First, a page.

“One of the things that we figured out with Tagboard is, let’s make this show interactive. Let’s give them a reason to tune at a specific time,” said Dan Cho, VP of Social & Digital Marketing at TNT, TBS, and TruTV. “It’s a little bit of a task, but we want people to give their opinions and feel like they have a voice in the show.”
This focus on making the audience a part of the show is one of the driving forces behind the success of programming across WarnerMedia properties TNT, TBS, and TruTV, which Dan Cho has spearheaded.
Live from the #Storyteller Experience stage, Cho joined us to walk through some of the most effective audience engagement strategies, keys to successfully launching a new show, and what the future of the media industry looks like.
On maintaining audience attention:
One of the challenges we have in linear cable television is maintaining viewer attention whether it’s through commercial breaks, or whether it’s actually through watching the show. It’s all about giving people a compelling reason to watch at a specific time.
On audience engagement strategies during the Go Big Show:
We wanted the ability for viewers to participate. So we gave people a couple of choices. They vote on Twitter, we pull it in and we show them the results. So it gives the viewer at home an ability to be part of the show. And I think that’s really the goal. And I think with a lot of the programming that’s coming down we always have to think of innovative ways to keep a viewer engaged and give them a compelling reason to tune into the show.
On making pre-taped shows feel live:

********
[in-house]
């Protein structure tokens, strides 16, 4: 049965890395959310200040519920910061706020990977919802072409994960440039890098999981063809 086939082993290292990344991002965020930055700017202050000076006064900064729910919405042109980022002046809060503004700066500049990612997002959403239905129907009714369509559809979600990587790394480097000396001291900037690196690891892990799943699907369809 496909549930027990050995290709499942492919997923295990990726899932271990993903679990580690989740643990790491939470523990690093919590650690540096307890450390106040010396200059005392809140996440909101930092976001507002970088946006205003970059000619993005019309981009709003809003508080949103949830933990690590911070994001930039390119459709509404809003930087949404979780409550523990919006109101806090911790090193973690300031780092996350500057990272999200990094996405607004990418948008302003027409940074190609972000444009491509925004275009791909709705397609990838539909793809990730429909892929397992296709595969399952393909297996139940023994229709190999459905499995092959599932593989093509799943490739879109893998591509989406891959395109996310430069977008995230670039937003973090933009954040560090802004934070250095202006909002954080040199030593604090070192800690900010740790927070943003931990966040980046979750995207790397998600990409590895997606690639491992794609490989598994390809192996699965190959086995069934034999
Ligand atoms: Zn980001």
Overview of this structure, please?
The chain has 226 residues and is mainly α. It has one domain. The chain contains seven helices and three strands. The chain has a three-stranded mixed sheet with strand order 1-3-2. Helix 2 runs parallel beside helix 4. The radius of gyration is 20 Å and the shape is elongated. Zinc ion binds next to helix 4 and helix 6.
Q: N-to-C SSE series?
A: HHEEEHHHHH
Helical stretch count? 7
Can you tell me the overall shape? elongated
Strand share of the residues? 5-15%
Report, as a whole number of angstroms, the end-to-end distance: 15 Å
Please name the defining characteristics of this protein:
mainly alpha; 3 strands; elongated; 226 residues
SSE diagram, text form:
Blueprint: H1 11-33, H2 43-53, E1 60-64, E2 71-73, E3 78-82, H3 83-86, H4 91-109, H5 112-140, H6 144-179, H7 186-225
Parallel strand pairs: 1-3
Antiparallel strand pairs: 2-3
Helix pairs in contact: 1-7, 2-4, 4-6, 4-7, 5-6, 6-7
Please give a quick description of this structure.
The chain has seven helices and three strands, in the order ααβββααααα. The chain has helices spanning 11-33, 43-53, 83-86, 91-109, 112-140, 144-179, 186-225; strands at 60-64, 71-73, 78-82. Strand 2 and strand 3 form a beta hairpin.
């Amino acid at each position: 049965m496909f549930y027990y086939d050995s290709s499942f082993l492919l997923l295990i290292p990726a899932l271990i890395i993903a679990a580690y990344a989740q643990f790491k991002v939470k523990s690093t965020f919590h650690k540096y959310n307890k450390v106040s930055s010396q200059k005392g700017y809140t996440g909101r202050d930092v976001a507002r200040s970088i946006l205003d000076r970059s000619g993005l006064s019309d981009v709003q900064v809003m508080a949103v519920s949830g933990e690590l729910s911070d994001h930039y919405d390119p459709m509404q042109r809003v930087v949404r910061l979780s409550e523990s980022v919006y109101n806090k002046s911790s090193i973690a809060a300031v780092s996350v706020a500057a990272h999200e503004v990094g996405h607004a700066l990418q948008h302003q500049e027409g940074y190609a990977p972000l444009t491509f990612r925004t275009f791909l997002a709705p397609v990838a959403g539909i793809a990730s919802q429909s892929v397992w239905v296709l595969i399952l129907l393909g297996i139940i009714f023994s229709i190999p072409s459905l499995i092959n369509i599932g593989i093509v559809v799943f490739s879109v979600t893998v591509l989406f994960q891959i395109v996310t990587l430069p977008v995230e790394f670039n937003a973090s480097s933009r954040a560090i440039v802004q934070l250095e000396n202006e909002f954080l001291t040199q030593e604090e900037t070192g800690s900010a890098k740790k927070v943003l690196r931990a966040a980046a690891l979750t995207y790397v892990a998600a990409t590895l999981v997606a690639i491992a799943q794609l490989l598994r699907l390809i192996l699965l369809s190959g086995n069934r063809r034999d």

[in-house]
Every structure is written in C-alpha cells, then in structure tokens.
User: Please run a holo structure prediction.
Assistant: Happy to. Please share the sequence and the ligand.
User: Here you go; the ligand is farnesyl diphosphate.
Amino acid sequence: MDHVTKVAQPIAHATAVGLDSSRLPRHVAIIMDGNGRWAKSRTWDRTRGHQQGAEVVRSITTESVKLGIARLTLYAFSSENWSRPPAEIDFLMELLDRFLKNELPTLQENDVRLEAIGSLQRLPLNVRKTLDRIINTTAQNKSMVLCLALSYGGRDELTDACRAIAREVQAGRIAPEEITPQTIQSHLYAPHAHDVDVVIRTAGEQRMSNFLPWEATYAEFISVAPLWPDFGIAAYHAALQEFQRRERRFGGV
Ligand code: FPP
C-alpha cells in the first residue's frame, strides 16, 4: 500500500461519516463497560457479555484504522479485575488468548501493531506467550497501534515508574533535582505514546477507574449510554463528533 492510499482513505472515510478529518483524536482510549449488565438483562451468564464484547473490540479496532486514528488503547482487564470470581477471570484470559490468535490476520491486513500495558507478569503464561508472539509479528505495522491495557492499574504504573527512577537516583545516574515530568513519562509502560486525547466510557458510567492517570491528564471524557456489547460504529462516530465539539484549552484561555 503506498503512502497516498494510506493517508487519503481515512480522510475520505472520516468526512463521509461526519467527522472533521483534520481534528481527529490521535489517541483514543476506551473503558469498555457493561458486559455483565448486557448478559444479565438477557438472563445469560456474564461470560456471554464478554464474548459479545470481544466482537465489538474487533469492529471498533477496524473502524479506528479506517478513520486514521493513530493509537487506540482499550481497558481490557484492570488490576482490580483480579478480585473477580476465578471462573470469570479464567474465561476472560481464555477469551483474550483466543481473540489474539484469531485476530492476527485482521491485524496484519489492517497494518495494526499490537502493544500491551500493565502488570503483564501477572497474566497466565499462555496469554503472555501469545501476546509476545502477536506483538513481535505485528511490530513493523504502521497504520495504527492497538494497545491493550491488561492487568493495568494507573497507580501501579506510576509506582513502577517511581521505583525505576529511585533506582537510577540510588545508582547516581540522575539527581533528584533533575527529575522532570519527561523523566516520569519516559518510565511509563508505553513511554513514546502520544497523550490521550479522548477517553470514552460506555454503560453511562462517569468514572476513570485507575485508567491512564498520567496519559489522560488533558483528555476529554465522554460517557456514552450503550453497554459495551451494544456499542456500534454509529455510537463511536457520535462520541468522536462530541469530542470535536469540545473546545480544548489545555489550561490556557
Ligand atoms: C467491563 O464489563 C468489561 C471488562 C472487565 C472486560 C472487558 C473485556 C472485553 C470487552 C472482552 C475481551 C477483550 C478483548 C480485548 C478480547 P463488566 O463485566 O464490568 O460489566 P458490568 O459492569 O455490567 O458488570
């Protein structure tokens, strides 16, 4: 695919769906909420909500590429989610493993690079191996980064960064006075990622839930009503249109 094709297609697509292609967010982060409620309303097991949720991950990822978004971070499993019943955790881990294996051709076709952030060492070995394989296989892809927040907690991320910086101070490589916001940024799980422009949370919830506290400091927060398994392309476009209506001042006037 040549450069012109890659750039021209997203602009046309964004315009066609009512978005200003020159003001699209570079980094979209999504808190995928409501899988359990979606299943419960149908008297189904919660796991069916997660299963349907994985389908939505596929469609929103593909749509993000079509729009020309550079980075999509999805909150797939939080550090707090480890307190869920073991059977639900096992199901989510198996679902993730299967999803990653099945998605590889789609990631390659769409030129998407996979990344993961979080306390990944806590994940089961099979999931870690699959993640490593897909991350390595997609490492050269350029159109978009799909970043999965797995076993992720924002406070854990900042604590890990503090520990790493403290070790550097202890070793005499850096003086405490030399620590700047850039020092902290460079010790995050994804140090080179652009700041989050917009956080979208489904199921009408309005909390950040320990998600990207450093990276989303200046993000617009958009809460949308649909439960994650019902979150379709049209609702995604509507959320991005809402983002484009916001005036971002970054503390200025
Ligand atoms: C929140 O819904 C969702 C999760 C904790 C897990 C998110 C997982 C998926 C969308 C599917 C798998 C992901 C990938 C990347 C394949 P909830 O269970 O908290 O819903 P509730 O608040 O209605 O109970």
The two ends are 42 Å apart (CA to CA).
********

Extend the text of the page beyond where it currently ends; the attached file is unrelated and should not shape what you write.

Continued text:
I think it’s really about that water cooler element. And I think it’s become a little bit more relevant during COVID just because we’re so separated, and people were yearning for that kind of communal viewing experience that we’ve lost. So, what we try to do is whether it’s with talent, or whether it’s our brand, engage viewers live while the show is on air. Cause I think viewers really want to give their opinions, really want to give takes on what they’re feeling. So that’s really the strategy there.
On the approach to launching a new show:
Whenever we get a new show, I think one of the first things we do is, we dive deep into it strategically think about who the audience is.
Obviously, when you have a show with existing equity and existing brand that never really went away, as someone who works in social, we also think about the audience that they’ve already developed. So it starts with the audience. It starts with the creative too, of course.
On the launch of the AEW (All Elite Wrestling):
The history of it actually started as a YouTube channel. It was very digital-first, which was an amazing part of AEW origin story. And it really was a lot of side stories of the wrestlers. The talent themselves were telling a lot of stories directly to the camera and to the audience if you will. So that’s where it started.
We really wanted to position the league as this kind of underdog scrappy league, that was going up against Vince McMahon and the very established WWE. And I think we were successful in doing that.
On the future of the media industry:
One mantra that we use very much at the company is putting the consumer first. So what do consumers want? They want to watch things when they want, where they want, and on whatever device they want. So we make sure that they can do that. When a movie or television show is produced, whether it’s by Warner brothers or a different network or a production studio, we make it available. We make it accessible, whether you want to watch it on cable, whether you want to watch it on your phone or in the theater, however you want to watch it.
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